Using a digital signal to turn on and off a vibrating motor


I'm designing a circuit with the IOIO-OTG board and a vibrating motor. The idea would be to have a digital pin on the IOIO board control the state of the motor (either ON or OFF).

The motor operates from 2.5 to 3.8 volts and the IOIO-OTG ports provide a 3.3 or 5V digital output (up to 5V if you use a drain circuit).

My current understanding is that I should be able to do something like this:

IOIO port @3.3V -> resistor -> motor @3V -> ground on IOIO

However, from what I'm reading, I should use a transistor and have the digital pin connect to its base. I remember from my electrical engineering classes that a BJT can be used as such a switch. However, I have a few questions regarding this:

  • What is wrong with my original implementation above? I assume it has to do with the safety of the board.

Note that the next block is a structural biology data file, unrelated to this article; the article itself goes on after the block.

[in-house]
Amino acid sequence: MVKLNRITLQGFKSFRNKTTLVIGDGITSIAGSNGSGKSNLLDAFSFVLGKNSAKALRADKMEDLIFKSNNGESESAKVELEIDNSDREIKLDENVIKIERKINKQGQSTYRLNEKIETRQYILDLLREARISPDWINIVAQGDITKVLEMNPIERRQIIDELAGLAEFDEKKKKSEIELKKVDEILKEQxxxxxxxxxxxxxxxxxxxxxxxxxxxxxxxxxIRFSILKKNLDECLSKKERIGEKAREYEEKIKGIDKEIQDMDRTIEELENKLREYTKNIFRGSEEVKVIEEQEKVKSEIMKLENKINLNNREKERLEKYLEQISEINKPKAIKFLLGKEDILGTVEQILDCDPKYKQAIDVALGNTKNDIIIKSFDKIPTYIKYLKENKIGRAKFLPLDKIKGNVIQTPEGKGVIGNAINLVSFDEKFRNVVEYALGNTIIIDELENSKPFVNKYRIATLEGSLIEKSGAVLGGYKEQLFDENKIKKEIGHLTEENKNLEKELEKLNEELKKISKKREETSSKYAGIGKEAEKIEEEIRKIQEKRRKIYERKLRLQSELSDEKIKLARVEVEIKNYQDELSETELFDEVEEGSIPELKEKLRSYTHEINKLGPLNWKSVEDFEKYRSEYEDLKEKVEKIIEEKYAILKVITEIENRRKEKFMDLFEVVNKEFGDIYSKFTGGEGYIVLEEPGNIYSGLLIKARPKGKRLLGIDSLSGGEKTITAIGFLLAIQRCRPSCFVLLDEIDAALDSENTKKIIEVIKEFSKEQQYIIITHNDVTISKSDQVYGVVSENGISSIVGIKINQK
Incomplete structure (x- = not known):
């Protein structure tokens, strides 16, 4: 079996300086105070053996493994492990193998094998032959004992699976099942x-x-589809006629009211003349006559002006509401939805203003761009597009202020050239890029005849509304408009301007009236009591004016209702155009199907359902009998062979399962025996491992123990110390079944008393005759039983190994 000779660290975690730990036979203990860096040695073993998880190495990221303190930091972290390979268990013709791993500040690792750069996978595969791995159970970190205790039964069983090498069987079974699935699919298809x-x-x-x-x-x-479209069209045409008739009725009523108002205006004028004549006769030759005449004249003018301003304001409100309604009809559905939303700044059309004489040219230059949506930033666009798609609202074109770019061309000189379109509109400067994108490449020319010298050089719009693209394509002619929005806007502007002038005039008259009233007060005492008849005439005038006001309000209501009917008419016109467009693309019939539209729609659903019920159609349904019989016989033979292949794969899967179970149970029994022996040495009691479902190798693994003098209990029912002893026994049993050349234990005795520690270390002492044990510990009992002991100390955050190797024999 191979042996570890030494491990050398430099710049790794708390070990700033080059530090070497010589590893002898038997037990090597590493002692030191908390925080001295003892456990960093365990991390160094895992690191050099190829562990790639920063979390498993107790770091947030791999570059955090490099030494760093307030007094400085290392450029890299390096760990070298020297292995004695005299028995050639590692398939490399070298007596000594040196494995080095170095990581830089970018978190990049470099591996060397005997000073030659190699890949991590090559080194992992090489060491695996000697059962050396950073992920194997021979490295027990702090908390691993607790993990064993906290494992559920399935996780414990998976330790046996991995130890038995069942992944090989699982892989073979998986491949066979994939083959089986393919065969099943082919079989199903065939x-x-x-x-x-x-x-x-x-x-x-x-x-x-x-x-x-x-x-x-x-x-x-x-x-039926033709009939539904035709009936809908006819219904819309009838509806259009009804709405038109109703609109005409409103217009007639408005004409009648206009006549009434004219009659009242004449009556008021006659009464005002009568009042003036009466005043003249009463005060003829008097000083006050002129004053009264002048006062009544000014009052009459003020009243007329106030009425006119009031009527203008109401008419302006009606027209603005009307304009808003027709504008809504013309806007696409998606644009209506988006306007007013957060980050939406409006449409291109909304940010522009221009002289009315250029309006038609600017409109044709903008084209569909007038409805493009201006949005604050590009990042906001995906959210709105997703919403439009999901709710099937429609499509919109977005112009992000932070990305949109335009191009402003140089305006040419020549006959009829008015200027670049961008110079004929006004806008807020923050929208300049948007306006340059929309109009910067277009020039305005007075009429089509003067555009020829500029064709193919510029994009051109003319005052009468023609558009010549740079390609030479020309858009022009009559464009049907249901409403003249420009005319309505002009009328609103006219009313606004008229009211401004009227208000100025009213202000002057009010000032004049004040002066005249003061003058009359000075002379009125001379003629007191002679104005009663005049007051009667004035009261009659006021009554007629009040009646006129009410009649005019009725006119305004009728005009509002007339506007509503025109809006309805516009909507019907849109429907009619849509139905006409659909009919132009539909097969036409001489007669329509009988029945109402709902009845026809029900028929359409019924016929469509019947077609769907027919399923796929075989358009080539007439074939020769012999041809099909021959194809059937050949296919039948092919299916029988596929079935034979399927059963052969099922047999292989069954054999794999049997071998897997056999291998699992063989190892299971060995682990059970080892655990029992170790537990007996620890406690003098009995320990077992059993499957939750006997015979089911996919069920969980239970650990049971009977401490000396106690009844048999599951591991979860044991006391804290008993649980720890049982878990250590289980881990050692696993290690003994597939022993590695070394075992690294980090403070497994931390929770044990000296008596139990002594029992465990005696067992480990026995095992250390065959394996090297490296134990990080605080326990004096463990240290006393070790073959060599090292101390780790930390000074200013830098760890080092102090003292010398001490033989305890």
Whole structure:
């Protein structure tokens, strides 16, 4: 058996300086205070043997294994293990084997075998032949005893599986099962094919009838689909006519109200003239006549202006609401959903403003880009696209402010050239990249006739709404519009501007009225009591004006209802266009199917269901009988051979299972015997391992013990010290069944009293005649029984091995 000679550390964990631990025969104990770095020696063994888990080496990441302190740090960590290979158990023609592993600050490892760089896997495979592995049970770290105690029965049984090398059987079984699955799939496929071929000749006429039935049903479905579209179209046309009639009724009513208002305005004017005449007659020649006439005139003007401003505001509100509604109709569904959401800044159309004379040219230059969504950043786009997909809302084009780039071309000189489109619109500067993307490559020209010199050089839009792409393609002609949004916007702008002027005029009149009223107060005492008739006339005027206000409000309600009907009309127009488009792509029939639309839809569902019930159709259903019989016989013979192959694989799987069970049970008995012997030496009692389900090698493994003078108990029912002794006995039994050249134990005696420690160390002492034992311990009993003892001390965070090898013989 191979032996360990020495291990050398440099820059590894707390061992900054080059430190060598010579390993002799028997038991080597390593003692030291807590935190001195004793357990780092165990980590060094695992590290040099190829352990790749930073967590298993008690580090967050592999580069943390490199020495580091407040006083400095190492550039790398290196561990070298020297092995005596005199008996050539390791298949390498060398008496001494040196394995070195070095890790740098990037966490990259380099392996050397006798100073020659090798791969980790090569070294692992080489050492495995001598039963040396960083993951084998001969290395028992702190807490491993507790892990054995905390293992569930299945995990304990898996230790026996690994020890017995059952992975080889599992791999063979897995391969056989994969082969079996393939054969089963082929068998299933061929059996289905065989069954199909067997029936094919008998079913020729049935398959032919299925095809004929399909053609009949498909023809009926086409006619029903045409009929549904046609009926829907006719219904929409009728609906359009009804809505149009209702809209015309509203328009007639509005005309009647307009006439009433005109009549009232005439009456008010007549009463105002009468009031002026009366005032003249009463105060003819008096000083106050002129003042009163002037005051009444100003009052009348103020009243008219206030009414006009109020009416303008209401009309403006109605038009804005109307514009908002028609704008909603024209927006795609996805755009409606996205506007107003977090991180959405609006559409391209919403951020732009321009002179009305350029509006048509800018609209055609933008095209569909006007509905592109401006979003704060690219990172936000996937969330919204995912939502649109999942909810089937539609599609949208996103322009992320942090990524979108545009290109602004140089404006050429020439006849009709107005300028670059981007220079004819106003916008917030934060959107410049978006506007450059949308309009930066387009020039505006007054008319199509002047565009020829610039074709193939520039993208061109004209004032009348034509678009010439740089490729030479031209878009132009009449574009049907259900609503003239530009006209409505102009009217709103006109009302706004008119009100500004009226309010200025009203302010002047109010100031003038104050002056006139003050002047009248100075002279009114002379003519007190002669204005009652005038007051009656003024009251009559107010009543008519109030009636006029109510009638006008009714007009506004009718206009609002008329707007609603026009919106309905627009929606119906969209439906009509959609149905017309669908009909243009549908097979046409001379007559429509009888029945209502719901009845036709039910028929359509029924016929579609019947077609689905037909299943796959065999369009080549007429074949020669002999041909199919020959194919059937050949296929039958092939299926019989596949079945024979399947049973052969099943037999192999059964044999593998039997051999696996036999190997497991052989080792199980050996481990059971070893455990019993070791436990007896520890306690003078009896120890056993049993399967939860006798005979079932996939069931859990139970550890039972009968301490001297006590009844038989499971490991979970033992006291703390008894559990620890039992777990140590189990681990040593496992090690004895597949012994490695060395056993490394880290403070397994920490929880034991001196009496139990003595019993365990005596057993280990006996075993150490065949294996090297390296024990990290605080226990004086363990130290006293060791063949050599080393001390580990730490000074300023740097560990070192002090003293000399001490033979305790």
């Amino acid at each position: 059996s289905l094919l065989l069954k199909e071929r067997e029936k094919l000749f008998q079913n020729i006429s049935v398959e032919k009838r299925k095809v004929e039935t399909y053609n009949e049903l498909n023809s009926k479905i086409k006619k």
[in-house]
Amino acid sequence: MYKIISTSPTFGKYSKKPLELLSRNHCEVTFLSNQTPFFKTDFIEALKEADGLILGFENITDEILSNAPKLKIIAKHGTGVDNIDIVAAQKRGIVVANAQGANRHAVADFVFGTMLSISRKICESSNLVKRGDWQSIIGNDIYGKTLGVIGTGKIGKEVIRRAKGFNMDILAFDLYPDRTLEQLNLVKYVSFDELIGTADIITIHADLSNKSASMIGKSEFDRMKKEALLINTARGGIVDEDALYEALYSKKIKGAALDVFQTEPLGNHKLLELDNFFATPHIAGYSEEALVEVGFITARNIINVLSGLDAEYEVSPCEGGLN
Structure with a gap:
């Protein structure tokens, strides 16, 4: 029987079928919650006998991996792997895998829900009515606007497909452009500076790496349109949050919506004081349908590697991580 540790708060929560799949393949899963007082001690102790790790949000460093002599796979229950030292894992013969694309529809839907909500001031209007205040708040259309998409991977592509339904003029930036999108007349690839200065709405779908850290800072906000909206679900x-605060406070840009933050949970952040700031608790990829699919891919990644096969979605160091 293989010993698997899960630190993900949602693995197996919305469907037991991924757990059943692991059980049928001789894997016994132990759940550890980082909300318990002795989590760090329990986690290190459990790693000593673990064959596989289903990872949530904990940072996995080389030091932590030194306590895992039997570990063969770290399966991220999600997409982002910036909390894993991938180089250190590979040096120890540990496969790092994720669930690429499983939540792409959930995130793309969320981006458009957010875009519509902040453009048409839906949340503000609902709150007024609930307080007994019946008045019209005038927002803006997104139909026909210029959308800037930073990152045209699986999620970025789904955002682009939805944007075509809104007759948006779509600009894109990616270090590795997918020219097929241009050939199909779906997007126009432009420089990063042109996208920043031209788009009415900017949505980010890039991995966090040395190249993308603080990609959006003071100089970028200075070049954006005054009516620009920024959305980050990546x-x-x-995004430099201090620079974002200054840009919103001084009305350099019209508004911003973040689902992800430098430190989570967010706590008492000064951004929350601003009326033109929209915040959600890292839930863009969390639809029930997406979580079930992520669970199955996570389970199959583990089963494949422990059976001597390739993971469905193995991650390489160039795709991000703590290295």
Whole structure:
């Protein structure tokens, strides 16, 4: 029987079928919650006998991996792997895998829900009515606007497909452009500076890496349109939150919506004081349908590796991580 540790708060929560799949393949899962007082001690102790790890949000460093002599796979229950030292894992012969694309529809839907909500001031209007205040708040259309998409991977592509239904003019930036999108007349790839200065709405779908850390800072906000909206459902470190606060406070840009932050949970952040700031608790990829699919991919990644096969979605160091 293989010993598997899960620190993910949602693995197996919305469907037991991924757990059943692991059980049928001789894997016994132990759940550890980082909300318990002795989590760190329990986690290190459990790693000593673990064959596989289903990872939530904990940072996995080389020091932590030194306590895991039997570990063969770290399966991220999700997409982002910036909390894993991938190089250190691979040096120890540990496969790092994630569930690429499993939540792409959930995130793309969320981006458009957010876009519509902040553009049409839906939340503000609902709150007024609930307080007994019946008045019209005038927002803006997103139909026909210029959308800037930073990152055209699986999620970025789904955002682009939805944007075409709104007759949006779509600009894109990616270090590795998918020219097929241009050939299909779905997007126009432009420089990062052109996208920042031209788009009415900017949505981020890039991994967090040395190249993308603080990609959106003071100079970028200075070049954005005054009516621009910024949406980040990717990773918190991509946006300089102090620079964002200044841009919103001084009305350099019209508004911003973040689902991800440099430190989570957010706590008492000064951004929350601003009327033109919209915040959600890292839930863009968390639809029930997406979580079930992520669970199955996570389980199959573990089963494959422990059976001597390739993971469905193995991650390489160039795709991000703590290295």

• Is the proper implementation one with a transistor?
  • Are there any best practices I should be observing to protect the motor and the board for my little project?

Best Answer

Whether you need a transistor buffer or not will depend on the current capability of the IOIO-OTG board, and the current requirements of your motor.

A quick look through some of the IOIO_OTG documentation didn't reveal any IO current spec, but a photo of the board just shows one chip - presumably the PIC microcontroller, so I would assume the board can only safely drive a 20 mA load. I would expect any motor to require more than 20 mA so you will almost certainly need a transistor buffer to control it.

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